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Home Reviews Star Trek: Strange New Worlds – “Charades” Easter Eggs

Star Trek: Strange New Worlds – “Charades” Easter Eggs

Another week, another episode of Star Trek: Strange New Worlds. Season 2 episode 5, titled “Charades”, was written by Kathryn Lyn and Henry Alonso Myers. It had quite a lot to say about Vulcan customs, at the sort of level we’ve not seen since “Amok Time” or The Search for Spock. Whether or not it’s as good as those all-time great Star Treks is up for debate, but it was undoubtedly lore-heavy. As with every other week, it is my absolute pleasure to dissect, pull apart, and even theorize on the latest episode of Strange New Worlds – “Charades”!

Chapel’s New Career Move

Nurse Chapel (Jess Bush) makes some interesting career decisions this week. We learned in the season’s premiere episode “The Broken Circle” that she was beginning to study archaeological medicine. Here, we see her start to get more specific, referencing the research principles of Dr Korby. This, of course, refers to Roger Korby from the classic Original Series episode “What Are Little Girls Made Of?”.

Jess Bush as Chapel in Strange New Worlds – “Charades”
Photo Credit: Michael Gibson/Paramount+

She’s studying to go to the Vulcan Science Academy. She wouldn’t be the first human to go to the Academy, with Michael Burnham (Sonequa Martin-Green) having attended to study quantum mechanics. While it’s unclear if it was at the science academy, we also know that Dr M’Benga (Babs Olusanmokun) spent a few years studying on Vulcan. However, we know that the Vulcan Science Academy is not something in Chapel’s future

At some point not too far from now, Chapel will become a student of Roger Korby. This isn’t the first time we’ve seen him mentioned in this season either, so an appearance is on the cards. Eventually, they need to become engaged, so it will probably be an arc that runs into Season 3. Given the timeline of these events, I wouldn’t be surprised if he appeared by the end of the season. He’s one of the more interesting guest characters from TOS, so I look forward to seeing what SNW does with him.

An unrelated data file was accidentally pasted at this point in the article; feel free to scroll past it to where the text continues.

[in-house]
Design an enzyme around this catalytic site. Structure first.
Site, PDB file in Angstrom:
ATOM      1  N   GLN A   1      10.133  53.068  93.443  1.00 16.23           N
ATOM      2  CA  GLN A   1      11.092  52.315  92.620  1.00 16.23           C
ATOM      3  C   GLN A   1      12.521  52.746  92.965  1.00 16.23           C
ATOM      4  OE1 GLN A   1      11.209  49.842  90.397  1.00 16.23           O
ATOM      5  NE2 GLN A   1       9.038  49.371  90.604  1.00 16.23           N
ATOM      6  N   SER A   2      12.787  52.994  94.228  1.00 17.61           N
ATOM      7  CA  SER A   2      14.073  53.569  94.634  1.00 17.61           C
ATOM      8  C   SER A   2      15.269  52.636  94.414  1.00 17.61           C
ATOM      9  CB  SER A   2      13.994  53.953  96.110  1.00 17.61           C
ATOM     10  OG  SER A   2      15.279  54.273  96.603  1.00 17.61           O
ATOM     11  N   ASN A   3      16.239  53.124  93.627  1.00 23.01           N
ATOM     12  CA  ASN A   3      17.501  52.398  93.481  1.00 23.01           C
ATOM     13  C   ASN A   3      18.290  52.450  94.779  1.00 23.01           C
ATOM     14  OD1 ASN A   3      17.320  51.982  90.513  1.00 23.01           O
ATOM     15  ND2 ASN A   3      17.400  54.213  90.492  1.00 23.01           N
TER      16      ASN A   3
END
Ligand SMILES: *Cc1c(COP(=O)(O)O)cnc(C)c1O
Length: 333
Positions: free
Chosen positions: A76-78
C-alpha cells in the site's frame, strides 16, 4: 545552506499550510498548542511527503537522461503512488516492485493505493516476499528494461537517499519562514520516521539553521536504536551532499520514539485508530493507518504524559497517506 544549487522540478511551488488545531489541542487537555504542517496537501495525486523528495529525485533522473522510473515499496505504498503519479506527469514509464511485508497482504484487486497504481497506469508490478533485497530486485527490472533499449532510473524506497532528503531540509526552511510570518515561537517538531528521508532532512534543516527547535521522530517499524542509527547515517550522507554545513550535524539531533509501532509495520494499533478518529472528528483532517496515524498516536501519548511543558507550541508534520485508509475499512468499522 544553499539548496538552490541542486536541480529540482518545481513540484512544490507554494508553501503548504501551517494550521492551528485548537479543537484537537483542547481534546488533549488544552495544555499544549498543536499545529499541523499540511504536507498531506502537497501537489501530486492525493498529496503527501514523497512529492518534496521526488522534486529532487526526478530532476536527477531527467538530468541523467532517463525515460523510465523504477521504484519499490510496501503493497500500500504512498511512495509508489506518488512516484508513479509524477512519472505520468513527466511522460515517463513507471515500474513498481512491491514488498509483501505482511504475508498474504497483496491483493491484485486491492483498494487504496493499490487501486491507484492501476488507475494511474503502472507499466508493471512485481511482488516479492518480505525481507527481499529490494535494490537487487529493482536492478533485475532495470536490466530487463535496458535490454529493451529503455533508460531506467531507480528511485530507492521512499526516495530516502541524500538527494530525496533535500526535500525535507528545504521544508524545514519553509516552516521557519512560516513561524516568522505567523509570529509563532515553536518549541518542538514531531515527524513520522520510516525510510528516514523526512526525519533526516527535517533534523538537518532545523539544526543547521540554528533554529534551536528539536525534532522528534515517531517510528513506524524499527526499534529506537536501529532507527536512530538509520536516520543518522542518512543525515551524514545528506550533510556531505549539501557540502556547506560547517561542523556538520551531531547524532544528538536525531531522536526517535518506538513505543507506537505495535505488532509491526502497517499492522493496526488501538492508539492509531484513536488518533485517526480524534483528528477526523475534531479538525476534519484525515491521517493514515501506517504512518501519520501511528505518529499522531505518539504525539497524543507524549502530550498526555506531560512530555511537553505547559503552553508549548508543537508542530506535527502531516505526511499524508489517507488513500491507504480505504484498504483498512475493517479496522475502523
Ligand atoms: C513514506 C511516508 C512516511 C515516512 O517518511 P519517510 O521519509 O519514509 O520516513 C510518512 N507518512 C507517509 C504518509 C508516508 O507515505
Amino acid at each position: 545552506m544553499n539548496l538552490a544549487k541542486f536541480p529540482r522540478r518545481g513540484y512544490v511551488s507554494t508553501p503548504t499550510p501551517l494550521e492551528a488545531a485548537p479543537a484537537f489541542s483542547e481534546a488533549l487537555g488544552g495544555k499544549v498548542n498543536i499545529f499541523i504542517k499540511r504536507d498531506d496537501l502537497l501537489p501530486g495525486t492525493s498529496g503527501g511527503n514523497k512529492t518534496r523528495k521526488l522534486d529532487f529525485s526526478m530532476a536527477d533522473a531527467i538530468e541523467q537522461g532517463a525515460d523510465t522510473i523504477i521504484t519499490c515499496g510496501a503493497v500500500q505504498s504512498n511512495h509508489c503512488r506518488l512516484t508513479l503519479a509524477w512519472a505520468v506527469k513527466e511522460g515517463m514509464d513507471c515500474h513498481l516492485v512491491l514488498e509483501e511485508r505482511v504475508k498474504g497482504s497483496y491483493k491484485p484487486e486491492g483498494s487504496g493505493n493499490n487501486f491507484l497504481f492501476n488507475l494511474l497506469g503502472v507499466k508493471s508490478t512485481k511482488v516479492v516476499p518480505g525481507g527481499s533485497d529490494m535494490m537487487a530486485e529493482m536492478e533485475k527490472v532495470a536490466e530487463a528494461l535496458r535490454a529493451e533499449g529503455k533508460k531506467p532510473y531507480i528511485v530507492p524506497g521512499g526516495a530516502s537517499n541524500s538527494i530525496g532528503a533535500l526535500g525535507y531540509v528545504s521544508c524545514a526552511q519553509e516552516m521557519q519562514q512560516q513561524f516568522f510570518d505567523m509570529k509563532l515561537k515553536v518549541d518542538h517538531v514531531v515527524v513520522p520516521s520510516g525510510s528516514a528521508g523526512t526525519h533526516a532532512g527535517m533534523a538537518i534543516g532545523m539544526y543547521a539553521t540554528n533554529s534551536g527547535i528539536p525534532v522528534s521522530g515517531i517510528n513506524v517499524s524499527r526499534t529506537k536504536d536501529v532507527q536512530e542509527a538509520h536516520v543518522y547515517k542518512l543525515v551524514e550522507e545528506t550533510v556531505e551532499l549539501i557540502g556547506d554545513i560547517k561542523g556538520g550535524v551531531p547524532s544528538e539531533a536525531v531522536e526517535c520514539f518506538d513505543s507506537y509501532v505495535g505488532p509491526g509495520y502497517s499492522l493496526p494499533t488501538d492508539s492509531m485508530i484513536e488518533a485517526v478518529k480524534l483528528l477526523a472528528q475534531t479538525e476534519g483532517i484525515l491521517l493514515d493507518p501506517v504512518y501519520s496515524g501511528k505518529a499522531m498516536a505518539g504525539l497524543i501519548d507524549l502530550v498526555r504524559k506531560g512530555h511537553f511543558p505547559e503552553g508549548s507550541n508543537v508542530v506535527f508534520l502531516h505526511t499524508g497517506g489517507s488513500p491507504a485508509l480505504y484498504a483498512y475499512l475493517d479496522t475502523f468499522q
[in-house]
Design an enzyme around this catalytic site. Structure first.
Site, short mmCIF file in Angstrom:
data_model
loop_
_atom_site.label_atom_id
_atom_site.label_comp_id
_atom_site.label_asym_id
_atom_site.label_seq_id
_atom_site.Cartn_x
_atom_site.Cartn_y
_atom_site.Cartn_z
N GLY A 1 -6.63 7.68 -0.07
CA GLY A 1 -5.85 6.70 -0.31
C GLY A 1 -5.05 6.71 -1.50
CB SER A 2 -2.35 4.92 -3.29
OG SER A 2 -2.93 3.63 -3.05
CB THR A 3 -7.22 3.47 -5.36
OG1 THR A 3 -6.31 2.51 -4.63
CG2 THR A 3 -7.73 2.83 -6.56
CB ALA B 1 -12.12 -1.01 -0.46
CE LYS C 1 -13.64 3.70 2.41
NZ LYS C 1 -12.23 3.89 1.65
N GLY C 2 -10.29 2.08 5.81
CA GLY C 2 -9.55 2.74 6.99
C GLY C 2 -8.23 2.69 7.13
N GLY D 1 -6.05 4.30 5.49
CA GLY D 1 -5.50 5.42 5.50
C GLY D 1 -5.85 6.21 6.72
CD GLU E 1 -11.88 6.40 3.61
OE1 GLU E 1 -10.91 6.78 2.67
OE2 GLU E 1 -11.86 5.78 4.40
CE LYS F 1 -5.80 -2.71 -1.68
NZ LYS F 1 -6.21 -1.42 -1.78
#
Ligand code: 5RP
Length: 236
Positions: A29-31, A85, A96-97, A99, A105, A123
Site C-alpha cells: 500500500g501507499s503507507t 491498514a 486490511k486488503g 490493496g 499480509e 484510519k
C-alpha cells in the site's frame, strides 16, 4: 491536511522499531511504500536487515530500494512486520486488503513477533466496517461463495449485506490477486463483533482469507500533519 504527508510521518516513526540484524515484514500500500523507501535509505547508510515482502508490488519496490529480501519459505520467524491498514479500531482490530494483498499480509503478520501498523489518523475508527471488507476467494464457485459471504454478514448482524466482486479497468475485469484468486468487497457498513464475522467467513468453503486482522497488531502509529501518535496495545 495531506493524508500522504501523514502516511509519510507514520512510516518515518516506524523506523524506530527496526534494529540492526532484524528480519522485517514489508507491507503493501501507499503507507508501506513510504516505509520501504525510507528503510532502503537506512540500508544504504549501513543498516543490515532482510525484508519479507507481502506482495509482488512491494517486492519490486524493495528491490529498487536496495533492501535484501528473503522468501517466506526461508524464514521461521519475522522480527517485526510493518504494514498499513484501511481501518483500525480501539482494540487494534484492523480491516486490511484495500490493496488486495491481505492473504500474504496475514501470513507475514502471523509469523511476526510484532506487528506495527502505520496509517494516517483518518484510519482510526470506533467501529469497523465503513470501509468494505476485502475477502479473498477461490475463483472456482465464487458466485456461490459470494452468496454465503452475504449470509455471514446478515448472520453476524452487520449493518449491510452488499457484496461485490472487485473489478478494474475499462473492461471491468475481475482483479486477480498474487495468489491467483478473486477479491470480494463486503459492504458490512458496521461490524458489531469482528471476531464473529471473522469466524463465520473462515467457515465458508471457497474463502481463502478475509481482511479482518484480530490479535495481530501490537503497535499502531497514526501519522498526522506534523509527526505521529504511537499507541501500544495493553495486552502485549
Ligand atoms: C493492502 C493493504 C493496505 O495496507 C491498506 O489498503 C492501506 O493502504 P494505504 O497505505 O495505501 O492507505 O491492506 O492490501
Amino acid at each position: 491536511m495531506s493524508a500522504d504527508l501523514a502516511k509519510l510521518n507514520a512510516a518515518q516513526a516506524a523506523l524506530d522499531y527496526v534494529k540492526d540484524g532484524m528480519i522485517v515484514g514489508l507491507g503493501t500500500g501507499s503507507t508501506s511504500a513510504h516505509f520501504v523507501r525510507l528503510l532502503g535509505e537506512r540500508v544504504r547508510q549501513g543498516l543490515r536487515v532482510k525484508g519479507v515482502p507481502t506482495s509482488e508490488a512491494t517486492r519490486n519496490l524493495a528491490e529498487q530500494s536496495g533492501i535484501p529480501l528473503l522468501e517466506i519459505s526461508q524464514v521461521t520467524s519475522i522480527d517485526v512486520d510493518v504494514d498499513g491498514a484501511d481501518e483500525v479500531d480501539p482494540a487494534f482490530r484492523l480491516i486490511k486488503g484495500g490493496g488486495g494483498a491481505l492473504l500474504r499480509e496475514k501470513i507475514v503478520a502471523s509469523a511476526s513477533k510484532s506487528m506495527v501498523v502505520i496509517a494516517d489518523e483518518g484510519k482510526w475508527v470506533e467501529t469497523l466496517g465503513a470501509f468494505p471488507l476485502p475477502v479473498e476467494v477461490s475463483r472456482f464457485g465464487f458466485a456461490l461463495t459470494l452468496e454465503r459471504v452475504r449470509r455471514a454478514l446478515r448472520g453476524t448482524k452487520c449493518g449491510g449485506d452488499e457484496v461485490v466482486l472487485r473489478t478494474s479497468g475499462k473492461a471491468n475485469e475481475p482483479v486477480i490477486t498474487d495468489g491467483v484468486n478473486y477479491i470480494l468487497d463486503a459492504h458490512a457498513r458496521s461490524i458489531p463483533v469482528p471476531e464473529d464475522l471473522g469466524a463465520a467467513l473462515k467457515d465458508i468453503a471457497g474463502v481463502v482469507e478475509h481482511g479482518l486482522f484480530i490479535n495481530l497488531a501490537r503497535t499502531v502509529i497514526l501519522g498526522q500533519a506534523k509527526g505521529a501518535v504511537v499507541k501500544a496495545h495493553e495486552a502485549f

T’Pring & Spock

Gia Sandhu as T’Pring and Ethan Peck as Spock in Strange New Worlds – “Charades”
Photo Credit: Michael Gibson/Paramount+

We always knew that Spock (Ethan Peck) and T’Pring (Gia Sandhu) weren’t going to end up together. However, their meeting here was still quite a lot of fun with all the shenanigans involved. The way they greeted one another was the same dialogue they used in “Spock Amok”. Interestingly the line in question, “parted from me and never parted” actually originates from “Amok Time”.

Spock spends much of Strange New Worlds“Charades” lying to T’Pring about the accident with the Kerkhovians. She also becomes increasingly irritated at the way in which his duties on the Enterprise have resulted in many delays to their Vulcan rituals. By the end of this episode, she finds out and the lies have taken their toll. This rift established between them by the end of the episode is the same rift we see later in TOS.

Ellora Patniak as T’Pril and Michael Benyaer as Sevet as Spock in episode 205 “Charades” of Star Trek: Strange New Worlds, streaming on Paramount+, 2023. Photo Cr: Michael Gibson/Paramount+

T’Pring’s mother, T’Pril (Ellora Patnaik) points out that there are other Vulcan men who would happily take Spock’s place in the relationship. One of these men would presumably be Stonn, the woman T’Pring preferred to Spock in “Amok Time”. We don’t know for sure if T’Pring and Spock will see each other again in SNW, but where this episode leaves their arc does lead perfectly into the only Vulcan-centric episode of TOS.

Spock’s Human Side

It’s always a treat when series regulars get to play the polar opposite of what they usually do. Here, after the incident with the Kerkhovians, Spock’s human side takes over. He was like a moody teenager for most of the Strange New Worlds – “Charades”. This left him unable to complete all the Vulcan rituals for his dinner with T’Pring and her parents. It all made for quite the comedy of errors. His interactions with returning guest star Amanda Grayson (Mia Kirshner) were especially funny.

Still from Strange New Worlds – “Charades”
Image Credit: Paramount+

Who doesn’t love Spock wearing a beanie? We had him wearing one in “The City on the Edge of Forever”, where he traveled back to the early 20th century. The difference here is he’s using it to hide human ears instead of Vulcan ones. The beanie looks like it could be a standard-issue Starfleet one, but the Starfleet insignia appears to be backward. While this could have symbolic meaning, the beanie being a lie on multiple levels, it appears to just be a production goof.

Foodgasm! Still from Strange New Worlds – “Charades”
Image Credit: Paramount+